Friday, September 22, 2017

The Sep-Oct Issue of Minnesota Cities Magazine Is Now Online

Kick off the fall season with a great read—the Minnesota Cities magazine! The Sep-Oct issue covers stories on local leaders and city projects as well as relevant state and nationwide topics.

Here’s the scoop:

This issue’s cover story features two “city champions,” Minnetonka Mayor Terry Schneider and Spring Lake Park City Administrator and Clerk-Treasurer Daniel Buchholtz. Schneider’s respected character and leadership led him to being named the 2017 C.C. Ludwig Award winner, and Buchholtz’s work restoring trust in his community is just one reason he received this year’s James F. Miller Leadership Award. Slow clap.

Have you ever thought about using a drone to capture images, videos, and information on your community? The cities of Red Wing and Champlin have done it! Both cities took advantage of drones to help craft their plans for upcoming city projects. Find out all the benefits drones have to offer in The Bird’s-Eye Advantage of Using Drones.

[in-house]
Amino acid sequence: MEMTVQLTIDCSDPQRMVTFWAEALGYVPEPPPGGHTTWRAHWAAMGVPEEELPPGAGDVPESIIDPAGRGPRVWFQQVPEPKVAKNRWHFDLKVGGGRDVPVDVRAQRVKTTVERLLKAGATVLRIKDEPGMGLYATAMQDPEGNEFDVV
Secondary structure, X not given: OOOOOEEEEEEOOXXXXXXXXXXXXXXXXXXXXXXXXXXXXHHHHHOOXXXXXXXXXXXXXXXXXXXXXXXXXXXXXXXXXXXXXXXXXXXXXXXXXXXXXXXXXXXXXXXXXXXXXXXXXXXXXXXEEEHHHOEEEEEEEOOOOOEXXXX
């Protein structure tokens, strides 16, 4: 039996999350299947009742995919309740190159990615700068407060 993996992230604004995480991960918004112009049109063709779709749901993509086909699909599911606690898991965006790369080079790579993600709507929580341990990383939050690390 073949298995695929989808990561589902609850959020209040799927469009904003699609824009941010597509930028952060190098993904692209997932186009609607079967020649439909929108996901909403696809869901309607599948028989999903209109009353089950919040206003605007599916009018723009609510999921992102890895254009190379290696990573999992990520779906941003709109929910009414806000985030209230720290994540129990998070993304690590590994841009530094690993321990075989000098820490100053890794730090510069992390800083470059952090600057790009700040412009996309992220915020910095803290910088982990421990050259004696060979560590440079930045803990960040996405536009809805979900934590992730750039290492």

A revival of protests around the nation and here in Minnesota has many city officials asking, “How should I handle this?” This issue's Letter of the Law column can help clarify what local leaders need to know about preserving public safety as well as freedom of speech.

Other highlights include LMC Executive Director David Unmacht’s tips for acing interviews, a look at how city officials are advancing racial equity in their communities, and how Hutchinson is addressing a skilled workforce shortage.

Monday, September 18, 2017

A League Intern Rides Along with the West St. Paul PD


In June, Khongpheng Vang joined the League of Minnesota Cities Insurance Trust as an intern through the City of St. Paul’s Right Track Program. Vang is a senior at Johnson High School and takes advanced classes toward college credit in the areas of algebra, history, chemistry, and writing. Recently, he got the opportunity to ride along with the West St. Paul Police Department and writes about it below.